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Vitamin E Supplementation in the Critically Ill Patient: Too Narrow a View?

Author:
Kelly, Frank J.
Source:
Nutrition in clinical practice 1994 v.9 no.4 pp. 141-145
ISSN:
0884-5336
Subject:
antioxidants, ascorbic acid, bioavailability, glutathione, inflammation, nutrients, oxidative stress, oxygen, patients, respiratory tract diseases, synergism, therapeutics, vitamin E
Abstract:
Oxidative stress plays an important contributory role in a number of diseases. In critically ill patients, oxidative stress is a major problem that results from a number of compounding factors such as supportive oxygen therapy, pulmonary inflammation, and the nutritional inadequacies of these patients. It has been known for some time that the circulating concentration of vitamin E, the primary lipid-soluble antioxidant, is low in critically ill patients. However, supplementation with vitamin E by oral loading has not been successful in improving clinical status. A better understanding of the bioavailability of vitamin E in these patients and of the synergistic action of other antioxidant nutrients such as vitamin C and glutathione with vitamin E has provided new opportunities to reexamine the use of antioxidant supplementation for the critically ill.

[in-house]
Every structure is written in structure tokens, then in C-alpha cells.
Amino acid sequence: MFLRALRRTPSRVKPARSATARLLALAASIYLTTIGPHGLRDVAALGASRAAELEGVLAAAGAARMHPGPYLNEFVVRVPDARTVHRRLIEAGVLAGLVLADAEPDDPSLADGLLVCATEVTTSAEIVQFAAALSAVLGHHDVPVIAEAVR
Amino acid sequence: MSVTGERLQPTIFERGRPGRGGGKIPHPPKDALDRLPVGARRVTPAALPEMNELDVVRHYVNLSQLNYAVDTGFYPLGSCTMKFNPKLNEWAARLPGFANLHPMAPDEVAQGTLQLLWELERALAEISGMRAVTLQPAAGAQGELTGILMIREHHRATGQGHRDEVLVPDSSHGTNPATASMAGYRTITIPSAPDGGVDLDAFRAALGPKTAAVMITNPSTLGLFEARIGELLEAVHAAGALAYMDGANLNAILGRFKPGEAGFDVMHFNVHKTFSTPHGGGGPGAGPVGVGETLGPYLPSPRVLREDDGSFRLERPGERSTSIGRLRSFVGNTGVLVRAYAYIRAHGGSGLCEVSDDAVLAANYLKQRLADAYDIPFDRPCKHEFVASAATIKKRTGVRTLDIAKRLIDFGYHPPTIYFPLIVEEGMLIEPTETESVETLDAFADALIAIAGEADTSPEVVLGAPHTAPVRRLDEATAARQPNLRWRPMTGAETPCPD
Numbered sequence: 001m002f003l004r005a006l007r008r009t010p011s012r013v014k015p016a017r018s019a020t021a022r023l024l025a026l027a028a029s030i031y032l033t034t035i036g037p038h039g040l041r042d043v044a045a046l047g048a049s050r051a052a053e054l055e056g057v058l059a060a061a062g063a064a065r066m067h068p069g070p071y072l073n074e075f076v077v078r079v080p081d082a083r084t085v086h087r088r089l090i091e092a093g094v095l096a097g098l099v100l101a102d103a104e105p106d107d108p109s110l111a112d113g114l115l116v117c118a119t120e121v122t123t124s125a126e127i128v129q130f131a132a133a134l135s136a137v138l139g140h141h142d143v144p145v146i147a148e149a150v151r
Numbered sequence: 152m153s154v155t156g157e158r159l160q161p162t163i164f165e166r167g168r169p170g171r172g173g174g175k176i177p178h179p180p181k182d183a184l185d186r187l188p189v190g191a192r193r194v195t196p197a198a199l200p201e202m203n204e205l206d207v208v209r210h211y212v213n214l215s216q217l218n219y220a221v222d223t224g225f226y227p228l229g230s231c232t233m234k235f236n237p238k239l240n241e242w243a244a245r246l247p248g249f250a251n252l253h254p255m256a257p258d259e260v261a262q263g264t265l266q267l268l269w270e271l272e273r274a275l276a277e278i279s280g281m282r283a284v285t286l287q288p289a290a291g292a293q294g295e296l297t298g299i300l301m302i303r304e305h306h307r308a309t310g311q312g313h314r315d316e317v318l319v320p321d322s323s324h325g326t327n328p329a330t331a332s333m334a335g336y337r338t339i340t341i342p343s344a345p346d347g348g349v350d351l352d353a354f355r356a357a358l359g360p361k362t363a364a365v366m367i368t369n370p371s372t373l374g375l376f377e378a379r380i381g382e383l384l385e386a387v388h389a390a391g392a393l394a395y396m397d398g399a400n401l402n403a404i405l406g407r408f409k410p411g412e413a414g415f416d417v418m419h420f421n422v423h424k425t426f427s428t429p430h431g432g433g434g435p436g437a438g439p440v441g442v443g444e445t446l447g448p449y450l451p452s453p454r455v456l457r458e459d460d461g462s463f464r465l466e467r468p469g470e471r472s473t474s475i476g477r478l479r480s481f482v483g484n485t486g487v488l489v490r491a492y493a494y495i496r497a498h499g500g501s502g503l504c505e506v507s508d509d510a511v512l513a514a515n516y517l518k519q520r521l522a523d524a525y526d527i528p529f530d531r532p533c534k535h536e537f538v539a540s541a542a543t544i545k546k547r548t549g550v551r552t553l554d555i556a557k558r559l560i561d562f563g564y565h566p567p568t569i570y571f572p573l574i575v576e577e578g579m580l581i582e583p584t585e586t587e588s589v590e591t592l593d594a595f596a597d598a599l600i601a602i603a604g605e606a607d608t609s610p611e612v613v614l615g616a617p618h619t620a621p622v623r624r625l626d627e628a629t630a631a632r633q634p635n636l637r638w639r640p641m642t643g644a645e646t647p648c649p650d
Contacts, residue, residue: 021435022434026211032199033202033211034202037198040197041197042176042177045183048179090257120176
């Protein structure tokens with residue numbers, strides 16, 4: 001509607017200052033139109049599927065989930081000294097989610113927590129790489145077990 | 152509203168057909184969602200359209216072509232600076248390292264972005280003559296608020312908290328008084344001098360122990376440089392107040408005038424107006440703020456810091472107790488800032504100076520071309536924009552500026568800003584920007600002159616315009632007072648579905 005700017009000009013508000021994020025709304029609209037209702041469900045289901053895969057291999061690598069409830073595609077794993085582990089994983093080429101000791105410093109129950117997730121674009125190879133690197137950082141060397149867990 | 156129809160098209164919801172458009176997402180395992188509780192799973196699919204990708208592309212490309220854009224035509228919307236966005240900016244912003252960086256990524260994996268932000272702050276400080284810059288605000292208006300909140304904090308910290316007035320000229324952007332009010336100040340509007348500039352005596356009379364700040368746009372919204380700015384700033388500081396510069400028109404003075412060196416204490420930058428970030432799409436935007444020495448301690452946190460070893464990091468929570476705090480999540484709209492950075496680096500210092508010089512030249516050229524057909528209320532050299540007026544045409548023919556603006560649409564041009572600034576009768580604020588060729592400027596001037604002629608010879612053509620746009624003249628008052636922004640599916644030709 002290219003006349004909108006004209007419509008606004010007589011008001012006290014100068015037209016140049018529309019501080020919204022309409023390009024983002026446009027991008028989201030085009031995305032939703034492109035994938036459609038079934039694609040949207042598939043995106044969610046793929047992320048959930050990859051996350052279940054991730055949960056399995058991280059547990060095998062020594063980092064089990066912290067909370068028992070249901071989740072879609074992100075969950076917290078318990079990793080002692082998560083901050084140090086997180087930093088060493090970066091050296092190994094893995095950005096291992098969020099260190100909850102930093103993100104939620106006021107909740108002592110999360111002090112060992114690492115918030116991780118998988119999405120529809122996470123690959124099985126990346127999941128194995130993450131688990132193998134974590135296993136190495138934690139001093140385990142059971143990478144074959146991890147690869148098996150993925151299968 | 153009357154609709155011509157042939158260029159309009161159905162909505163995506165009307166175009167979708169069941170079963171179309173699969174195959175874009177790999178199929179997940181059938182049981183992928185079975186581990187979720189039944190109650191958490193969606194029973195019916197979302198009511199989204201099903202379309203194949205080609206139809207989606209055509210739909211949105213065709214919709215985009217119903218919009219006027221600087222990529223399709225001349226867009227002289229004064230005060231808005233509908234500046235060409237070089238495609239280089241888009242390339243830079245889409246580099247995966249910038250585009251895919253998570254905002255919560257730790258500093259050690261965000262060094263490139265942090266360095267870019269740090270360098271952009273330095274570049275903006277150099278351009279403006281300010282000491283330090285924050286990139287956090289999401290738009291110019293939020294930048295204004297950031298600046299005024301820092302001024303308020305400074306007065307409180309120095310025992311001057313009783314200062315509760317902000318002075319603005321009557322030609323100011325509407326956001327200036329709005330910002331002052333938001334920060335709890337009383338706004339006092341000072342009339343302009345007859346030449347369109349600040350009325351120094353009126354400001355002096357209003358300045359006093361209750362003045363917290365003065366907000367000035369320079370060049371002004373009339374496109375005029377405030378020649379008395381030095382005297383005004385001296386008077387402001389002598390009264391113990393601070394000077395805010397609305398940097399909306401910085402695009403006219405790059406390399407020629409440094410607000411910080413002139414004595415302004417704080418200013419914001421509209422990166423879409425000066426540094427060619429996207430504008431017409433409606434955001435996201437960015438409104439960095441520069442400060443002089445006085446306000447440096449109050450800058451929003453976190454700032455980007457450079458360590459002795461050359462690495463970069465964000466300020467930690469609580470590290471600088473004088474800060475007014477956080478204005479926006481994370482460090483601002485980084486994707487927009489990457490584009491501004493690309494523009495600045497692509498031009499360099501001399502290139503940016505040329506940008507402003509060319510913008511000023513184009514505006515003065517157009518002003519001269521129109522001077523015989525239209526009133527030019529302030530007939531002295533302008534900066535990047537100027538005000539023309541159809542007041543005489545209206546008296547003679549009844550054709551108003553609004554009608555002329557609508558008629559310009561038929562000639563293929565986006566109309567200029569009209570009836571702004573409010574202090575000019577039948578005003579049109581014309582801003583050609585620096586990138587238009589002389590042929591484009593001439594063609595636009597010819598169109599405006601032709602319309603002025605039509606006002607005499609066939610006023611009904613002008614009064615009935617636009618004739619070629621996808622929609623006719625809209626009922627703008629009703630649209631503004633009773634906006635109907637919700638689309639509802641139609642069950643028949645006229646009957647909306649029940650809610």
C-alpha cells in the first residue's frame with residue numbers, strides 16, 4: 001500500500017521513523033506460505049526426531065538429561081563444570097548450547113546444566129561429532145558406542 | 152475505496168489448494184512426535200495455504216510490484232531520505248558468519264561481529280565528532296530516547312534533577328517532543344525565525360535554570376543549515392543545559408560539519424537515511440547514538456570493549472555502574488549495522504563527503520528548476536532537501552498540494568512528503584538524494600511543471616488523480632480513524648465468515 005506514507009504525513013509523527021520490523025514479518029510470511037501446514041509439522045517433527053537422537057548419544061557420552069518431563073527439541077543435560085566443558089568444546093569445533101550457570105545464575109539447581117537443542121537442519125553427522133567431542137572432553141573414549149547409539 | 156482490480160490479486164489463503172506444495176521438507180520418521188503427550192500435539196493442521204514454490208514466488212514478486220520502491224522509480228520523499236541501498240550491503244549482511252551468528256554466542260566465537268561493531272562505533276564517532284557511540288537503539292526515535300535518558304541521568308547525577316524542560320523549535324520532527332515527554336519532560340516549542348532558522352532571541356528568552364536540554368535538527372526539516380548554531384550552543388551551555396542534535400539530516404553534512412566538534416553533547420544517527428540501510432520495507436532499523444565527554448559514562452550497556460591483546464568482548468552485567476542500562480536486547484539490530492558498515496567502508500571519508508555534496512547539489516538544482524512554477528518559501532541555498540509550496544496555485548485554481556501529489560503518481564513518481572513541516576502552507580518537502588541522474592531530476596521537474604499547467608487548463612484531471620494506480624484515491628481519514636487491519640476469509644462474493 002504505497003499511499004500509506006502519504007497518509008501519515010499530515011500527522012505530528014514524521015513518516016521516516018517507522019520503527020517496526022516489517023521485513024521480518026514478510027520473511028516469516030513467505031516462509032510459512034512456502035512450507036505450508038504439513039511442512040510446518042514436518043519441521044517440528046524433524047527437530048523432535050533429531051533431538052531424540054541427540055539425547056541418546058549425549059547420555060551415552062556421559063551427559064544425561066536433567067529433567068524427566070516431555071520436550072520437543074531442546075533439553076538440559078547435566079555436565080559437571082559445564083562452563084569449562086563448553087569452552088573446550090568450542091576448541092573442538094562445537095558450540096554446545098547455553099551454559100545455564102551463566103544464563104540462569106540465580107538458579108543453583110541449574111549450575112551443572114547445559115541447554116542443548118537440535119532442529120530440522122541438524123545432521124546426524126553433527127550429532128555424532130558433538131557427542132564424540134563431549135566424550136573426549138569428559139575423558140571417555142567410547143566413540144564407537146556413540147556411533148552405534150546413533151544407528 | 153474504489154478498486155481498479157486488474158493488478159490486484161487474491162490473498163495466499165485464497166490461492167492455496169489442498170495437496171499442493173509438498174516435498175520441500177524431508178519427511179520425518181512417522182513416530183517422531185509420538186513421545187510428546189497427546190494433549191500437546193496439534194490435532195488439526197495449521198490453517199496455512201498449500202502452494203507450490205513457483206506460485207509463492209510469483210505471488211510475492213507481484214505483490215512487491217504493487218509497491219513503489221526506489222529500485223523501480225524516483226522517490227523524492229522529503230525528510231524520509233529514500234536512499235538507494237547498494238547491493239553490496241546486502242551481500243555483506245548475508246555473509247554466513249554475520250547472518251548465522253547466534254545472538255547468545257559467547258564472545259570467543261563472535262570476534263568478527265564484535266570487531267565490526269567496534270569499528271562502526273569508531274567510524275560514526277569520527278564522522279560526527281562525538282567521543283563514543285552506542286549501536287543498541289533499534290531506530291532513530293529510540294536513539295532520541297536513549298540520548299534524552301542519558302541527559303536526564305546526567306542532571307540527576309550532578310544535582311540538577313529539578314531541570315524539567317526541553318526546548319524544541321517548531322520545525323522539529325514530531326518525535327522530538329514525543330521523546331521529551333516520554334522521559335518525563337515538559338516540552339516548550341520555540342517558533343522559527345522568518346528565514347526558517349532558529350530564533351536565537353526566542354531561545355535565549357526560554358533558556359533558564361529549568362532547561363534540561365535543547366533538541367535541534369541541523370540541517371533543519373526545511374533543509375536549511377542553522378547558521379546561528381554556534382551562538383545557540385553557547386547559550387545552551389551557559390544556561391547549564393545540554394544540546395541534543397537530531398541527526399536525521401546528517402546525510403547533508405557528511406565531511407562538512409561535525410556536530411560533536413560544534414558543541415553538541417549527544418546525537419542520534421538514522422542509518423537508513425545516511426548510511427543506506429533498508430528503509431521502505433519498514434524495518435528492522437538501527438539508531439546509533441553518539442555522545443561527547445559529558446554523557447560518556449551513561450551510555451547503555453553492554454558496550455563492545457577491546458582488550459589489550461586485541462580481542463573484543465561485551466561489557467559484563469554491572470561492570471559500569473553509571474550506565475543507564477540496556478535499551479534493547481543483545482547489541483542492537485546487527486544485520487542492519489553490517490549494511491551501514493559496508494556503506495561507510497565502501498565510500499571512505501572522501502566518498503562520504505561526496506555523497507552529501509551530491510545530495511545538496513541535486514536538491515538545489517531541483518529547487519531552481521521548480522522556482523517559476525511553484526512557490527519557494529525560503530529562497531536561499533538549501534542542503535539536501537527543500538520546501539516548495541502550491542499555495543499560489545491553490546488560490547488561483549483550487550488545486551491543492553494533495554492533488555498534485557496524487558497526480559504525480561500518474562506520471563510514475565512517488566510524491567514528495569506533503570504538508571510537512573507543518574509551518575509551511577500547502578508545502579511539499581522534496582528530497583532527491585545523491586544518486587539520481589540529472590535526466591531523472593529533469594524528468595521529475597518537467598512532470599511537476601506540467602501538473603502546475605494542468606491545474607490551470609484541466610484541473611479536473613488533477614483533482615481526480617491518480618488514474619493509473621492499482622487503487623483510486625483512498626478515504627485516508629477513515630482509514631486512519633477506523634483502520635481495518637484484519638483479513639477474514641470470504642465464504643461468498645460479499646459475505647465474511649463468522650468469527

Agid:
6241371